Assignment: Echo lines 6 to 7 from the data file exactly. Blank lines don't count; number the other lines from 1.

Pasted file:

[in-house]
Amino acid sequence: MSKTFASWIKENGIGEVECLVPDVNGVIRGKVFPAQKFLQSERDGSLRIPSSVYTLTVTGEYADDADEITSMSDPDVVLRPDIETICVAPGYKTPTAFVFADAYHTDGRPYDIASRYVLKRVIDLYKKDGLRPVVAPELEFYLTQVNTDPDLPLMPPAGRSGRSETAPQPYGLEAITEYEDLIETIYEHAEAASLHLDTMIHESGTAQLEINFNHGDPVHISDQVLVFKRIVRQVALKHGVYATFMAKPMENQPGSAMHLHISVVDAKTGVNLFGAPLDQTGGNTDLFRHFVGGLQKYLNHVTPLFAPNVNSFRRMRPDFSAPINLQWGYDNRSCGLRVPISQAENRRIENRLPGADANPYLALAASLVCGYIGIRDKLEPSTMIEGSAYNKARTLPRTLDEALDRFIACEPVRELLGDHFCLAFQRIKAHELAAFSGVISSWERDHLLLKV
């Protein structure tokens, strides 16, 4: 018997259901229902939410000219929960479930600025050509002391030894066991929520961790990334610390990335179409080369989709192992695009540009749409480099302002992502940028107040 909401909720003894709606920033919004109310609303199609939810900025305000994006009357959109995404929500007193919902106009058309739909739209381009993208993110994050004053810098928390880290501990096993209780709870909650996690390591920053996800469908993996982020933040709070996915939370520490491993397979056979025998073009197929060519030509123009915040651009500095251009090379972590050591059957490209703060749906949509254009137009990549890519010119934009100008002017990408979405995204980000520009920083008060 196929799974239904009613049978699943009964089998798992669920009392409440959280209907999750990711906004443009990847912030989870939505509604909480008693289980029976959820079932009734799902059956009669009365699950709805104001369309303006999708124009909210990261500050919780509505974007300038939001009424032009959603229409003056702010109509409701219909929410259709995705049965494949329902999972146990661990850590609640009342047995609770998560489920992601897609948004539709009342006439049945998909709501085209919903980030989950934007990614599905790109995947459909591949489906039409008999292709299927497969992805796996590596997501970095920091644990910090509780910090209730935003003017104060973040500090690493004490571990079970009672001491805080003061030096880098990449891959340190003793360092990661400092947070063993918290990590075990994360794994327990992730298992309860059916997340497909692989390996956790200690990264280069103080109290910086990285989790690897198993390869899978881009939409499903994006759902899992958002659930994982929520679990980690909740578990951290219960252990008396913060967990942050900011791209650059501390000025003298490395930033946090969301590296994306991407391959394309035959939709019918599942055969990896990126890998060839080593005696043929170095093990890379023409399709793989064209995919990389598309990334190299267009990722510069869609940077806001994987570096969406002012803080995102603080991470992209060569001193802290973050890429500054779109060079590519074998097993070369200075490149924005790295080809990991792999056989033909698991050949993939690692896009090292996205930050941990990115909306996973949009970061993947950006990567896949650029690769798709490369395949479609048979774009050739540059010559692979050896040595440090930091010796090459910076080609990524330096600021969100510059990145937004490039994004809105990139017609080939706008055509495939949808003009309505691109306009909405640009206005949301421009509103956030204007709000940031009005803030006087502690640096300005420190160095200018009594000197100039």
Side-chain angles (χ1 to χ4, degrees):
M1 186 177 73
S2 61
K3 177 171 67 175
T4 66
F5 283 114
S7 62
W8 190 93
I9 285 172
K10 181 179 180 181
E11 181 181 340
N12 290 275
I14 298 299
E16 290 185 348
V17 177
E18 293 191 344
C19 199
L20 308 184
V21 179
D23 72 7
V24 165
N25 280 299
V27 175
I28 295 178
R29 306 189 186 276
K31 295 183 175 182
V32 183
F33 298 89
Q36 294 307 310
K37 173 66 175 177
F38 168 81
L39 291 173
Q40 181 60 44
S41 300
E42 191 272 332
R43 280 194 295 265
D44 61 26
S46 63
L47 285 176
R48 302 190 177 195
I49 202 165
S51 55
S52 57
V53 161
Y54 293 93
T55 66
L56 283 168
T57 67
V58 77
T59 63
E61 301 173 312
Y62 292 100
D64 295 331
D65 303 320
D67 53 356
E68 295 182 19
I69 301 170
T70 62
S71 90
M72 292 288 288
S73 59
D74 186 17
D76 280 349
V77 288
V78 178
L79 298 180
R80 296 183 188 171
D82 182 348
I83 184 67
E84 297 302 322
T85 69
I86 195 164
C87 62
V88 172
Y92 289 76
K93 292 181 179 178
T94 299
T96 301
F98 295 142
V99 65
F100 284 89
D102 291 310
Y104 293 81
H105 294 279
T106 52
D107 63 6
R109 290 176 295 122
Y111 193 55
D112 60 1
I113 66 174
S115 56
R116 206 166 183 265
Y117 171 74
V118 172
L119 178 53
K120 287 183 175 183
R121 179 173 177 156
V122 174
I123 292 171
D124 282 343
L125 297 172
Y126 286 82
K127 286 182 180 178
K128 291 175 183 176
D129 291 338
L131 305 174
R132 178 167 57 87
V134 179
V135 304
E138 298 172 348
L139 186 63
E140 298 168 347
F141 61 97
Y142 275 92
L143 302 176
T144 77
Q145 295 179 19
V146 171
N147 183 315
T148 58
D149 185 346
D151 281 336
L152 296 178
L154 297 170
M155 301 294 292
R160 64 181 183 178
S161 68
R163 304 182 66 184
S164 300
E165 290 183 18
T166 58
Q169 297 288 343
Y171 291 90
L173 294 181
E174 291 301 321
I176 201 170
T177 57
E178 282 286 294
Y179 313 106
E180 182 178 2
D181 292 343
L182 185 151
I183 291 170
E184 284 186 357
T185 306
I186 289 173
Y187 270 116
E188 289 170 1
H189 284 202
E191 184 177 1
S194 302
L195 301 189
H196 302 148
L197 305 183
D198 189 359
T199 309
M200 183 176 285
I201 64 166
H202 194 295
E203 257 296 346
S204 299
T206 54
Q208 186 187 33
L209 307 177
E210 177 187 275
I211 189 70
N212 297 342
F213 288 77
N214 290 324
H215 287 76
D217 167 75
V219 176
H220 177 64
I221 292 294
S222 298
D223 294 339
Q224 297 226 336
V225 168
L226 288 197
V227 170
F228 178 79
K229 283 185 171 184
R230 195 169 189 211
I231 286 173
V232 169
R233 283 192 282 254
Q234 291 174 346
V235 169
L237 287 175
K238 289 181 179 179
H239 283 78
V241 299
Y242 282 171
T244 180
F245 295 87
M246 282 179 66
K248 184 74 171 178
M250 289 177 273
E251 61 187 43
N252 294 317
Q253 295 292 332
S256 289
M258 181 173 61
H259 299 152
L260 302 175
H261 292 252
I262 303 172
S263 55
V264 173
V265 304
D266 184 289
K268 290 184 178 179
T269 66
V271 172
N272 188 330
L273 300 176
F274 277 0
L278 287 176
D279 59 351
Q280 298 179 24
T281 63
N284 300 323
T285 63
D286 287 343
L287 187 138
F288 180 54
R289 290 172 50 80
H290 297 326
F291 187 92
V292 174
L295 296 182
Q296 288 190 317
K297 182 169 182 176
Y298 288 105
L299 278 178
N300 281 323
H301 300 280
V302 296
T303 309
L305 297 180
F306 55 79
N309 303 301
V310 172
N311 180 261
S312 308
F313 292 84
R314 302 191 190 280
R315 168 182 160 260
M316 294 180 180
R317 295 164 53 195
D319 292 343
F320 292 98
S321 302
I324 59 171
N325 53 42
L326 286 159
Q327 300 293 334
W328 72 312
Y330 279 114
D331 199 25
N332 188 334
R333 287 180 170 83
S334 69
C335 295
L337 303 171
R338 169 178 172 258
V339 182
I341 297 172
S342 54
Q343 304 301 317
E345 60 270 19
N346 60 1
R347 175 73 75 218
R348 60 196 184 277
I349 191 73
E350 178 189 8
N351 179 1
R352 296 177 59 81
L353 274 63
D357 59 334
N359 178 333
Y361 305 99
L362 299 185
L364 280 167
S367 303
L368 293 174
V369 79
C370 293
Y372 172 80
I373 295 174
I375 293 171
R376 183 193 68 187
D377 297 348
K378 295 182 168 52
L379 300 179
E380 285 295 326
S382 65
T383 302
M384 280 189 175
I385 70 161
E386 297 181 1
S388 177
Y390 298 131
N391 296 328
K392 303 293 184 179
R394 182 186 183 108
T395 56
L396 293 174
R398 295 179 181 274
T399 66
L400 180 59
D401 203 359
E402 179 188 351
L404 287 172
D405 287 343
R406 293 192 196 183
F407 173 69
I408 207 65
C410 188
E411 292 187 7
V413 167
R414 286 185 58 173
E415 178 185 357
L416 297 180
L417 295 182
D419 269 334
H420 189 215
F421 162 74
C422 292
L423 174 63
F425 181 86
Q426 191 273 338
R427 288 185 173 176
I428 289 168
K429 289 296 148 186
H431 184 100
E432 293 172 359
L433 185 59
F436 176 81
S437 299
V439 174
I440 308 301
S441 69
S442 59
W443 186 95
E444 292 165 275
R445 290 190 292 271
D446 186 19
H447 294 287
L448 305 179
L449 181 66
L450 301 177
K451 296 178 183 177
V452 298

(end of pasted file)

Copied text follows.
S2 61
K3 177 171 67 175